But here was the extraordinary part of it all. I am myself somewhat afraid of emotional retrospect, which seems to me as a rule to have a peculiarly pungent and unbearable smart about it. I do not as a rule like revisiting places which I have loved and where I have been happy; it is simply incurring quite unnecessary pain, and quite fruitless pain, deliberately to unearth buried memories of happiness.
Now at Lincoln the other day I found, to my wonder and relief, that there was not the least touch of regret, no sense of sorrow or loss in the air. I did not want it all back again, nor would I have lived through it again, even if I could have done so. The thought of returning to it seemed puerile; it was charming, delightful, all full of golden prospects and sunny mornings, but an experience which had yielded up its sweetness as a summer cloud yields its cooling rain, and passes over. Yet it was all a perfectly true, real, and actual part of my life, something of which I could never lose hold and for which I could always be frankly grateful. Life has been by no means a scene of untroubled happiness since then; but there came to me that day, walking along the fragrant garden-paths, very clearly and distinctly, the knowledge that one would not wish one’s life to have been untroubled! Halcyon calm, heedless innocence, childish joy, was not after all the point-pretty things enough, but only as a change and a relief, or perhaps rather as a prelude to more serious business! I was, as a boy, afraid of life, hated its noise and scent, suspected it of cruelty and coarseness, wanted to keep it at arm’s length. I feel very differently about life now; it’s a boisterous business enough, but does not molest one unduly; and a very little courage goes a long way in dealing with it!
True, on looking back, the evolution was dim and obscure; there seemed many blind alleys and passages, many unnecessary winds and turns in the road; but for all that the trend was clear enough, at all events, to show that there was some great and not unkindly conspiracy about me and my concerns, involving every one else’s concerns as well, some good-humoured mystery, with a dash of shadow and sorrow across it perhaps, which would be soon cleared up; some secret withheld as from a child, the very withholder of which seems to struggle with good-tempered laughter, partly at one’s dulness in not being able to guess, partly at the pleasure in store.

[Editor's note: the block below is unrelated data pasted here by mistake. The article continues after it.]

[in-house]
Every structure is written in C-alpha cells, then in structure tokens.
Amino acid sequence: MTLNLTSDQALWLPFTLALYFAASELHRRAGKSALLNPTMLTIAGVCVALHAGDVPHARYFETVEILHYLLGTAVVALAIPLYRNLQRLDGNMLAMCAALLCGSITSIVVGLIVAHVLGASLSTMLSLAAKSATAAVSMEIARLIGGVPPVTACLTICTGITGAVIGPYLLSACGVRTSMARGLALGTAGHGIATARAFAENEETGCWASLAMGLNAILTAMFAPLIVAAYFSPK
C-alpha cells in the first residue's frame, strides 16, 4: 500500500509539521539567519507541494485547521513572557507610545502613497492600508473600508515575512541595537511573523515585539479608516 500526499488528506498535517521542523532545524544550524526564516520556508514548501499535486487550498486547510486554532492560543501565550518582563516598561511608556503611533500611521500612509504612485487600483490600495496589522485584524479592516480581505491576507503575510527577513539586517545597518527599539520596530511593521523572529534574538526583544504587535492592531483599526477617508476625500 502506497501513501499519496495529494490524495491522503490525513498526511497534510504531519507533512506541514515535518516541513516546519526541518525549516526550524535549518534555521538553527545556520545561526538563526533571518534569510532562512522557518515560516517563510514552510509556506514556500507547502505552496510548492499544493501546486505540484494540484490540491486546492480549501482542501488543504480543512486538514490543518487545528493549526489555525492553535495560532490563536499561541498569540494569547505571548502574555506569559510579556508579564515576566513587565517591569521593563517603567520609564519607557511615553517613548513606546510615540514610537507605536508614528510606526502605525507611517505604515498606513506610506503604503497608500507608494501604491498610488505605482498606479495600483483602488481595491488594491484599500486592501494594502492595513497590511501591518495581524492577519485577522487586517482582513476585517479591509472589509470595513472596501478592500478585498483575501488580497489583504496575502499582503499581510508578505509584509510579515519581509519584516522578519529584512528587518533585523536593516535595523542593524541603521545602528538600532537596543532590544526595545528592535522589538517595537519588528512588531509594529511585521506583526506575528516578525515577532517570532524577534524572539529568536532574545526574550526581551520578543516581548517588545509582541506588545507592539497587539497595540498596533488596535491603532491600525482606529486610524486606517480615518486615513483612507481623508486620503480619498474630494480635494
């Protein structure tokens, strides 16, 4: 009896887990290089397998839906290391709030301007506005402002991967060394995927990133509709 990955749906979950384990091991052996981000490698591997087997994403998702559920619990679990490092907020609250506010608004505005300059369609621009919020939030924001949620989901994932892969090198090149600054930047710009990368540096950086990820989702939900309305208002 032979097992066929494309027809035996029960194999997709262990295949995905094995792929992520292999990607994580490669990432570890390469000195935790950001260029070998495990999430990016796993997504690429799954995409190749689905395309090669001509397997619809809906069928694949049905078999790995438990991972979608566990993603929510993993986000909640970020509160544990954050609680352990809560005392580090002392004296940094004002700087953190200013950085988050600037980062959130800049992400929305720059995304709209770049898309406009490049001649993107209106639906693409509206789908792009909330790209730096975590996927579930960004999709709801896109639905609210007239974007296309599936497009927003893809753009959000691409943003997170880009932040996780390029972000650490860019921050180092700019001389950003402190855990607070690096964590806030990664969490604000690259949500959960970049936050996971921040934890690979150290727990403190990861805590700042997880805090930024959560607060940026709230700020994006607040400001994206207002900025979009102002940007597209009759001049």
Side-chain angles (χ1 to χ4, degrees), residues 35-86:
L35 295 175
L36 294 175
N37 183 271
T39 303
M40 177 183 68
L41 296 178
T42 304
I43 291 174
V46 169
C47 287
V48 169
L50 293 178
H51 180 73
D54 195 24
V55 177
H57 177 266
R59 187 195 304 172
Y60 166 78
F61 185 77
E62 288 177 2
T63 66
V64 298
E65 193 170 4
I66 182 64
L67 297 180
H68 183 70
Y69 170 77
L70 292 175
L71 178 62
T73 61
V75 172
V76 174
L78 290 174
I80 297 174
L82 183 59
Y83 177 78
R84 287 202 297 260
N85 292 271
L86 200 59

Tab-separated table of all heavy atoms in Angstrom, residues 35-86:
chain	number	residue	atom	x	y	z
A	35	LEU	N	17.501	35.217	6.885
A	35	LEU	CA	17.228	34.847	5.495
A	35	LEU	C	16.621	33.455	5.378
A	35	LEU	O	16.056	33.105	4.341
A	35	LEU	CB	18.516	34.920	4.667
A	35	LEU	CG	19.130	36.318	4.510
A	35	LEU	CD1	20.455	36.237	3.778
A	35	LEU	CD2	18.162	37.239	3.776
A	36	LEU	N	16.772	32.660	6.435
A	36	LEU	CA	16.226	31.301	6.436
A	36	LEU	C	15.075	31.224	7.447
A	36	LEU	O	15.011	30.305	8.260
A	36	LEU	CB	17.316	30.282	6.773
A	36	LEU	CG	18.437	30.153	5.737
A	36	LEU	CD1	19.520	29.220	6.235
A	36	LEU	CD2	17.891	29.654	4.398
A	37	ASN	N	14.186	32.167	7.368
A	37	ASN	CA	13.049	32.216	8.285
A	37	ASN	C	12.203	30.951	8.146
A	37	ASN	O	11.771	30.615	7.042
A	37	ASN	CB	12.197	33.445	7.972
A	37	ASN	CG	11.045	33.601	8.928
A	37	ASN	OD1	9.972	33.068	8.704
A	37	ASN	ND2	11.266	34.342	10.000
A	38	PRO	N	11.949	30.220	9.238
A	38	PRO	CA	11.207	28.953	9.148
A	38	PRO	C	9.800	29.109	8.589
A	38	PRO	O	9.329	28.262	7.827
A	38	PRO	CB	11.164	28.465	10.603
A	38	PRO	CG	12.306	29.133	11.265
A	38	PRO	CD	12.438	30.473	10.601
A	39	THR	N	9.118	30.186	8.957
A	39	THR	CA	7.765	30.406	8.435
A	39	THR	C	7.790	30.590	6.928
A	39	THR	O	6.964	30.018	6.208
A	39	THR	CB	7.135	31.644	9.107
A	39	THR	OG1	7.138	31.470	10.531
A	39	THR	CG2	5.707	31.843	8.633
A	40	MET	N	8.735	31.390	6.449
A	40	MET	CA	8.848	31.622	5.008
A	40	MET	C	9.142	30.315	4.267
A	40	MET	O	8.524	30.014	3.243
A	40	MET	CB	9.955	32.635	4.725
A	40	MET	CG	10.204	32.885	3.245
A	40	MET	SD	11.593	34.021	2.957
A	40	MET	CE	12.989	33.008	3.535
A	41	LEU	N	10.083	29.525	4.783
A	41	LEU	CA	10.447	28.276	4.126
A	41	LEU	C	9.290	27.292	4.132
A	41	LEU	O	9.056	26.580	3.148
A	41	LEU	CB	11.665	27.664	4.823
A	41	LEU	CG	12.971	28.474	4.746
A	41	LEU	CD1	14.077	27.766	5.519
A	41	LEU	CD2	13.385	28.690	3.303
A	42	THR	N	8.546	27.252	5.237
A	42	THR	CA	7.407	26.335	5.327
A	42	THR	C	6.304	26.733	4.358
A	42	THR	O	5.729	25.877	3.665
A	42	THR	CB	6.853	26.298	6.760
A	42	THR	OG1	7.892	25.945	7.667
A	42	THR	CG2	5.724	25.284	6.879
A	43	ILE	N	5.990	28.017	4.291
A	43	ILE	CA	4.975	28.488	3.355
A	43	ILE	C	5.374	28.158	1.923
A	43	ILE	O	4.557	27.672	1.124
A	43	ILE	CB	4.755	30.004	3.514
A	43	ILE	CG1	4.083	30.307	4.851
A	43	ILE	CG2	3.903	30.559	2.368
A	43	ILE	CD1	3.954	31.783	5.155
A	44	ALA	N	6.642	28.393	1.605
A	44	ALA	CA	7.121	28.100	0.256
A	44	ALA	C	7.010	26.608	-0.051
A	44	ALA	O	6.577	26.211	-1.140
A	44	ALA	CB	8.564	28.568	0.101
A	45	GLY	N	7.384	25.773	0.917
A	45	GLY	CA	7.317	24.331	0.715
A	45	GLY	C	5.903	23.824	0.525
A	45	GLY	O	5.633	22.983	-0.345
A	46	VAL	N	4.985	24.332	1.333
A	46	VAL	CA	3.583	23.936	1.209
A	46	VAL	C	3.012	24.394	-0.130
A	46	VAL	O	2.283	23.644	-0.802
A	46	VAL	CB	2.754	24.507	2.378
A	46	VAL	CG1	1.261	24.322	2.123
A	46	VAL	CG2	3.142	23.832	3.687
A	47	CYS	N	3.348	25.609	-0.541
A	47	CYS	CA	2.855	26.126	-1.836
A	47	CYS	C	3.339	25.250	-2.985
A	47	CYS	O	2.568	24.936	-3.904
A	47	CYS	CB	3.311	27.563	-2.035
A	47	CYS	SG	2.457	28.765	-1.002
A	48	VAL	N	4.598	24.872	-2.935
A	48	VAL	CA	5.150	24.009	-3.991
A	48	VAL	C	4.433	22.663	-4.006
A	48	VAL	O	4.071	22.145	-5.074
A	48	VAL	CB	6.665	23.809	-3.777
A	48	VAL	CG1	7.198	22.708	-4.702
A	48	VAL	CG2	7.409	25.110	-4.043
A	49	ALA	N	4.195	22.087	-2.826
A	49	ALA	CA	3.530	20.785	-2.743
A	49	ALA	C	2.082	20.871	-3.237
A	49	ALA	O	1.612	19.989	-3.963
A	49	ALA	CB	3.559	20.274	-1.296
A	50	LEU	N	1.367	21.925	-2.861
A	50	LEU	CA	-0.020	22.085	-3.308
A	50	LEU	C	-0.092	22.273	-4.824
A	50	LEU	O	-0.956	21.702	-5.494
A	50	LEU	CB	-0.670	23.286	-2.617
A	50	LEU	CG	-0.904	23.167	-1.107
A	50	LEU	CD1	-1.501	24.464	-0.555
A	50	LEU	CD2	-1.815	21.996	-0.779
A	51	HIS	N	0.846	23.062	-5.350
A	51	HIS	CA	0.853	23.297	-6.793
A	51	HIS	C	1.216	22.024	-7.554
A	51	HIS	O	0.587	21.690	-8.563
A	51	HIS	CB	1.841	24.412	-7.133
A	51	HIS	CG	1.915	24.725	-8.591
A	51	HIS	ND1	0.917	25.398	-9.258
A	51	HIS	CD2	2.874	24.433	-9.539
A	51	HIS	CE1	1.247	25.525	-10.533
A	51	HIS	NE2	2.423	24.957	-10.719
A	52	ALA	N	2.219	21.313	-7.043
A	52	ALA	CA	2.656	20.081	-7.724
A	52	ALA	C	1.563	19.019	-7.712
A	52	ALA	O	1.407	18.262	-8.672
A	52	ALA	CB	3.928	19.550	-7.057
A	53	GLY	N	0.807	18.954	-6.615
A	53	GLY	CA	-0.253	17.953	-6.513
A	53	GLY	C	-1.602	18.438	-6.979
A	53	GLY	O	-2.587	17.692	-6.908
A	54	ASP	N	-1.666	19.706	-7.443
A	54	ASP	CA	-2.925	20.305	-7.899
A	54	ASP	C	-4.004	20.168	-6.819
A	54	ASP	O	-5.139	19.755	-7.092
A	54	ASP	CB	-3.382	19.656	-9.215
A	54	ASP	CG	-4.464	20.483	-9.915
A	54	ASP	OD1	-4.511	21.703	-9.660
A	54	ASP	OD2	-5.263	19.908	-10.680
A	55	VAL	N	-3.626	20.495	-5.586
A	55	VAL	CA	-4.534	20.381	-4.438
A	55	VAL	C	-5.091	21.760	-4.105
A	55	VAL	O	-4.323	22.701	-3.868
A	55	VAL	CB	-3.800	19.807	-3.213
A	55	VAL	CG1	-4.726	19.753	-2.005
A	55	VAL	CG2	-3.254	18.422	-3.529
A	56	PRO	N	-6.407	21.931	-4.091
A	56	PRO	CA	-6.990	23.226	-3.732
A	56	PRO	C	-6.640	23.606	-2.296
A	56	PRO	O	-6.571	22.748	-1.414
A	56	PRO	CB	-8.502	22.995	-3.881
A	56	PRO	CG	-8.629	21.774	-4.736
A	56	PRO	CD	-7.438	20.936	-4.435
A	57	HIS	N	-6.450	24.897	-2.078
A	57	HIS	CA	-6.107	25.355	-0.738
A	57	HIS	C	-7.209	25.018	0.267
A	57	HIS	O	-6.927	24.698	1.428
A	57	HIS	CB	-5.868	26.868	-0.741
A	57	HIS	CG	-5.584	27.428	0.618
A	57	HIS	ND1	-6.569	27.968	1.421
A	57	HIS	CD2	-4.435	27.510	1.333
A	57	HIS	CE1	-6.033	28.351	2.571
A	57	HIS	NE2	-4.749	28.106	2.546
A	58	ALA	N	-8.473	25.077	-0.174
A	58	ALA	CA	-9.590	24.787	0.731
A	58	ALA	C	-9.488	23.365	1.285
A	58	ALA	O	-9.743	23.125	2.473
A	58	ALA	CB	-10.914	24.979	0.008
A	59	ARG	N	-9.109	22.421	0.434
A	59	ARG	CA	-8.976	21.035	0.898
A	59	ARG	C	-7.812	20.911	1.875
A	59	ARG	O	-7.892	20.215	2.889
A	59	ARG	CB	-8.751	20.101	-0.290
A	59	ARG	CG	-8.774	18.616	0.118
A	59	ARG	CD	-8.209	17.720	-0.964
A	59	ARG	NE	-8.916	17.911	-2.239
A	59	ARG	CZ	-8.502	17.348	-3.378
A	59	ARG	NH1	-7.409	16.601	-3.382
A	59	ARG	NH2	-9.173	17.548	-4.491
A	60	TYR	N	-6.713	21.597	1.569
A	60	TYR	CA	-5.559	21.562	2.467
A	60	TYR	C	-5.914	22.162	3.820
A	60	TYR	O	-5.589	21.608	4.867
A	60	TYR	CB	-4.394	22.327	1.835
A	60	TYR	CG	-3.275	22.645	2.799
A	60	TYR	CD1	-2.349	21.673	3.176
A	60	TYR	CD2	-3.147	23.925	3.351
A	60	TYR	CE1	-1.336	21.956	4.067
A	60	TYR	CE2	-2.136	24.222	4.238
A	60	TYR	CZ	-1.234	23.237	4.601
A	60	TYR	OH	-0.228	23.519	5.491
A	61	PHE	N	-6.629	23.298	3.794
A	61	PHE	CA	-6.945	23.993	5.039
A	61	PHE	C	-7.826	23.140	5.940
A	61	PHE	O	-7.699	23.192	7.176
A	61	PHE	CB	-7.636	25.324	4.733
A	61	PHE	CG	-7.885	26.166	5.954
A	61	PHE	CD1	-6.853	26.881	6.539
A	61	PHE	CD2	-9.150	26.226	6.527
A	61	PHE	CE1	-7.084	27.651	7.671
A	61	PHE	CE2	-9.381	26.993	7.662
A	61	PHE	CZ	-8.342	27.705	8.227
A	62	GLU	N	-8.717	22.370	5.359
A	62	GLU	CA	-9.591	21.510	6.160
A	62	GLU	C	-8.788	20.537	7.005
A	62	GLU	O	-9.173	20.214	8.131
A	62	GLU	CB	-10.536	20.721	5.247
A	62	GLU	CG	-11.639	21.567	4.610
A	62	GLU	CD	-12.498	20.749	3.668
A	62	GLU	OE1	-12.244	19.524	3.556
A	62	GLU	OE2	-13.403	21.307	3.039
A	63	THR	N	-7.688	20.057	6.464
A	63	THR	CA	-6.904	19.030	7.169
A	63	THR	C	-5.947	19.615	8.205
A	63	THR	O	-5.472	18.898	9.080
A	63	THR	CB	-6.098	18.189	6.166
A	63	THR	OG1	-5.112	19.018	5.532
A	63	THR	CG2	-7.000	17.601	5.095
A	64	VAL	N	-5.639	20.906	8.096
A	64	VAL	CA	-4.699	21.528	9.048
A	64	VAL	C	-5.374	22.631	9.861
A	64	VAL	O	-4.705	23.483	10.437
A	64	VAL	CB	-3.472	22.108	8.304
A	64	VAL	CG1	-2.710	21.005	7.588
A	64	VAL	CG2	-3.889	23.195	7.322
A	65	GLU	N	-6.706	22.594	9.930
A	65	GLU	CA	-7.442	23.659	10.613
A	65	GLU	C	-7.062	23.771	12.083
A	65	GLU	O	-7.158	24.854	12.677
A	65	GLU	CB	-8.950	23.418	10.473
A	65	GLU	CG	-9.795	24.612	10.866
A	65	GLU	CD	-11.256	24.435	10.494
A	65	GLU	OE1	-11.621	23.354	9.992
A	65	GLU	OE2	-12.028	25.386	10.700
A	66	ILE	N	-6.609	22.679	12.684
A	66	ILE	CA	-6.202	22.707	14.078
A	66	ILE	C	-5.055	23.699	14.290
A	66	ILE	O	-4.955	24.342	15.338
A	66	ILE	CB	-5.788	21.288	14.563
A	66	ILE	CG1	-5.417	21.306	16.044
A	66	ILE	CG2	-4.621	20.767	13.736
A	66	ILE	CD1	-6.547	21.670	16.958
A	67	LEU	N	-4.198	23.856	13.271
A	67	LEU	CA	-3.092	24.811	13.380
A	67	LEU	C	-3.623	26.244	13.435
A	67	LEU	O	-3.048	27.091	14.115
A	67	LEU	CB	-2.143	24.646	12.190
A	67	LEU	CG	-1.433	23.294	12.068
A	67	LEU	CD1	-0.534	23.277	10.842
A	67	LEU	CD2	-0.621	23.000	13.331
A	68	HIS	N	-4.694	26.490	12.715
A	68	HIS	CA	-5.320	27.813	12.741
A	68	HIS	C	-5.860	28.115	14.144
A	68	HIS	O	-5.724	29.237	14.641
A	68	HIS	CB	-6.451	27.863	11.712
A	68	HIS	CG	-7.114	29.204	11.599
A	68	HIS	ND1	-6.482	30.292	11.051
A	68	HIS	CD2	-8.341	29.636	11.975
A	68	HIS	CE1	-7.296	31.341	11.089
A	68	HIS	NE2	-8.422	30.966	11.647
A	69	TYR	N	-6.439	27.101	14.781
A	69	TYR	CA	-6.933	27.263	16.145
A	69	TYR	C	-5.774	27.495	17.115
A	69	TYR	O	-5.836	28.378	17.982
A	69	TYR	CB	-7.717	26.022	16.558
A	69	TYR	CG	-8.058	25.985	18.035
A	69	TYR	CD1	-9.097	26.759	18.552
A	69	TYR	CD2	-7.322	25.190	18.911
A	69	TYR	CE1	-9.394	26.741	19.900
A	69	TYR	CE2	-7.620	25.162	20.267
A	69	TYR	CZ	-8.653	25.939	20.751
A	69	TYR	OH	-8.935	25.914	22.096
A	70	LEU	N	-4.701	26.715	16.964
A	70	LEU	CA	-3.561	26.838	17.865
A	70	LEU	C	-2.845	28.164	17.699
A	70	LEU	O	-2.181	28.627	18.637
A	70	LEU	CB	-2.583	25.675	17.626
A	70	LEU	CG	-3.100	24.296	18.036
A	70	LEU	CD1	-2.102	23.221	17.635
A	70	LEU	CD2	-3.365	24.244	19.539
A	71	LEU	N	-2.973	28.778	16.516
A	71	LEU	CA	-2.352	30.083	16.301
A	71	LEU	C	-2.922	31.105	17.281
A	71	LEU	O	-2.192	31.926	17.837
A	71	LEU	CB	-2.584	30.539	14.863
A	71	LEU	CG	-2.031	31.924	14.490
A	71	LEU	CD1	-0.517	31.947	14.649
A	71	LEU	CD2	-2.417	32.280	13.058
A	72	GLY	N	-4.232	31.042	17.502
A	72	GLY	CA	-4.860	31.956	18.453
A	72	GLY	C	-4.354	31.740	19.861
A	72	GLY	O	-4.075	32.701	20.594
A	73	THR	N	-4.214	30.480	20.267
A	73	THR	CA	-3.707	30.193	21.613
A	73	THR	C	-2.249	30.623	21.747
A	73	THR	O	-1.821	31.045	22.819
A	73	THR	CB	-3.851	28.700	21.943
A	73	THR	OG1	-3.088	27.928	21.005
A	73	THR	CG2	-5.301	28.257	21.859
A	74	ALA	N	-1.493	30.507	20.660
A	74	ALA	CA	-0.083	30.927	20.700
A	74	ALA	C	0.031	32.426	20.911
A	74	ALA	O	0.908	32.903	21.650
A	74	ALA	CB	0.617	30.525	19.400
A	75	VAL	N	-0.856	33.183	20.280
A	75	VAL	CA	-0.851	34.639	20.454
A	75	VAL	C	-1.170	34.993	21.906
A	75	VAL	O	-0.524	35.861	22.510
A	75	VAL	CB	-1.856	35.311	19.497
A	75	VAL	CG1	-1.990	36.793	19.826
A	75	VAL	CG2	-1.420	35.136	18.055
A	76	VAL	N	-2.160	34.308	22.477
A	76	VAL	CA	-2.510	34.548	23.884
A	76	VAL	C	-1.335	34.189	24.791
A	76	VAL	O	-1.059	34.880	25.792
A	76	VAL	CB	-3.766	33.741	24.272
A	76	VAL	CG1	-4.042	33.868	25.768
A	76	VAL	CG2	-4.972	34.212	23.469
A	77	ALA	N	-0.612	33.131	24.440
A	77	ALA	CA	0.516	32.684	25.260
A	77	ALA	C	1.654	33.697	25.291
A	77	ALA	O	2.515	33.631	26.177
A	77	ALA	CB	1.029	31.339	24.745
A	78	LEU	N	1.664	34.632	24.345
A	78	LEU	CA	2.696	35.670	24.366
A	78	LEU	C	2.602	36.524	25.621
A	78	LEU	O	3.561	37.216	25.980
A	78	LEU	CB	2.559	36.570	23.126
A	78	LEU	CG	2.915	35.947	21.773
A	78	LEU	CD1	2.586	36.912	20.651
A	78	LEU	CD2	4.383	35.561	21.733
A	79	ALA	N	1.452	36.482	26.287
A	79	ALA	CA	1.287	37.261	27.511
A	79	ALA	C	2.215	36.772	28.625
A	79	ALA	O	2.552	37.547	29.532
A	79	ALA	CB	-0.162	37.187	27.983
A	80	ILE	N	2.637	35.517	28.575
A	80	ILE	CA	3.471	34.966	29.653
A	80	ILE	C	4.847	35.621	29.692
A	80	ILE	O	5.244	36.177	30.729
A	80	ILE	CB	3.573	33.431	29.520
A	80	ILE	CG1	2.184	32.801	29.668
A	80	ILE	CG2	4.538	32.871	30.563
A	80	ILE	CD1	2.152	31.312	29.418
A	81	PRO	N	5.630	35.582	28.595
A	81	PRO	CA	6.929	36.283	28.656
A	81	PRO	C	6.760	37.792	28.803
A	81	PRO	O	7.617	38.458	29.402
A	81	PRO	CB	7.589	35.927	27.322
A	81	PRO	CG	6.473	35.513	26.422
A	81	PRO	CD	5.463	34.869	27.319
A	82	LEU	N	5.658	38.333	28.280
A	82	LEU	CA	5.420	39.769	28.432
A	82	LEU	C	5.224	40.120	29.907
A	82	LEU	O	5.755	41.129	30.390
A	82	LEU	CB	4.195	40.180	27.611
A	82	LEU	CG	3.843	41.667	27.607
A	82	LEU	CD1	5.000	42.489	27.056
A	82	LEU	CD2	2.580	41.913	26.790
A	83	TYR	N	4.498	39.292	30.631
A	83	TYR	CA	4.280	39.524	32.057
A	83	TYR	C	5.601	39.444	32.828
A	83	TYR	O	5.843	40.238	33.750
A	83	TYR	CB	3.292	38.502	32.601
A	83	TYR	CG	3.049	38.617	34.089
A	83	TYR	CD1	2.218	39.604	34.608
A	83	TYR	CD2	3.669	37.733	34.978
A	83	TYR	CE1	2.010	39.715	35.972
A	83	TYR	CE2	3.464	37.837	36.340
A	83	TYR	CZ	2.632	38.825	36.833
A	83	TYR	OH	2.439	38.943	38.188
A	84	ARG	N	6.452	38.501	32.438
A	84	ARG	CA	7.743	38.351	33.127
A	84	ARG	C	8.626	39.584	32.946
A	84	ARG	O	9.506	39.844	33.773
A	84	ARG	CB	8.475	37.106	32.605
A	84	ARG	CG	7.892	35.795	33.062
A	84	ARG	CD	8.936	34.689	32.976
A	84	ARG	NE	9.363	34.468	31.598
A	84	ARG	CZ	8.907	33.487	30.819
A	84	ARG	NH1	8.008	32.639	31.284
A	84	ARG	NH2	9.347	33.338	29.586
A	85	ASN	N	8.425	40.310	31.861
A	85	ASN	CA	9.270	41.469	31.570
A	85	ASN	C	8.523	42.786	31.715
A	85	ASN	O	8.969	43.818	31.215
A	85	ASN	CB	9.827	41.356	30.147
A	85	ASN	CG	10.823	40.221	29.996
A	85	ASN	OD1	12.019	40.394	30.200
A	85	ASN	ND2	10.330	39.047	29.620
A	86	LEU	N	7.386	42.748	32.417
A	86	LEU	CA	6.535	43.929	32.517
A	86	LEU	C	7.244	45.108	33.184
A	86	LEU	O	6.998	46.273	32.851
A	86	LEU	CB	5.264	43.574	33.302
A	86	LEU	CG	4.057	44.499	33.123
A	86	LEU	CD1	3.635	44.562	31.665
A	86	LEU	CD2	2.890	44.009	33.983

I think it is our impatience, our claim to have everything questionable made instantly and perfectly plain to us, which does the mischief-that, and the imagination which never can forecast any relief or surcease of pain, and pays no heed whatever to the astounding brevity, the unutterable rapidity of human life.
So, as I walked in the old garden, I simply rejoiced that I had a share in the place which could not be gainsaid; and that, even if the high towers themselves, with their melodious bells, should crumble into dust, I still had my dear memory of it all: the old life, the old voices, looks, embraces, came back in little glimpses; yet it was far away, long past, and I did not wish it back; the present seemed a perfectly natural and beautiful sequence, and that past life an old sweet chapter of some happy book, which needs no rewriting.
So I looked back in joy and tenderness- and even with a sort of compassion; the child whom I saw sauntering along the grass paths of the garden, shaking the globed rain out of the poppy’s head, gathering the waxen apples from the orchard grass, he was myself in very truth-there was no doubting that; I hardly felt different. But I had gained something which he had not got, some opening of eye and heart; and he had yet to bear, to experience, to pass through, the days which I had done with, and which, in spite of their much sweetness, had yet a bitterness, as of a healing drug, underneath them, and which I did not wish to taste again. No, I desired no renewal of old things, only the power of interpreting the things that were new, and through which even now one was passing swiftlyand carelessly, as the boy ran among the fruit-trees of the garden; but it was not the golden fragrant husk of happiness that one wanted, but the seed hidden within it-experience was made sweet just that one might be tempted to live! Yet the end of it all was not the pleasure or the joy that came and passed, the gaiety, even the innocence of childhood, but something stern and strong, which hardly showed at all at first, but at last seemed like the slow work of the graver of gems brushing away the glittering crystalline dust from the intaglio.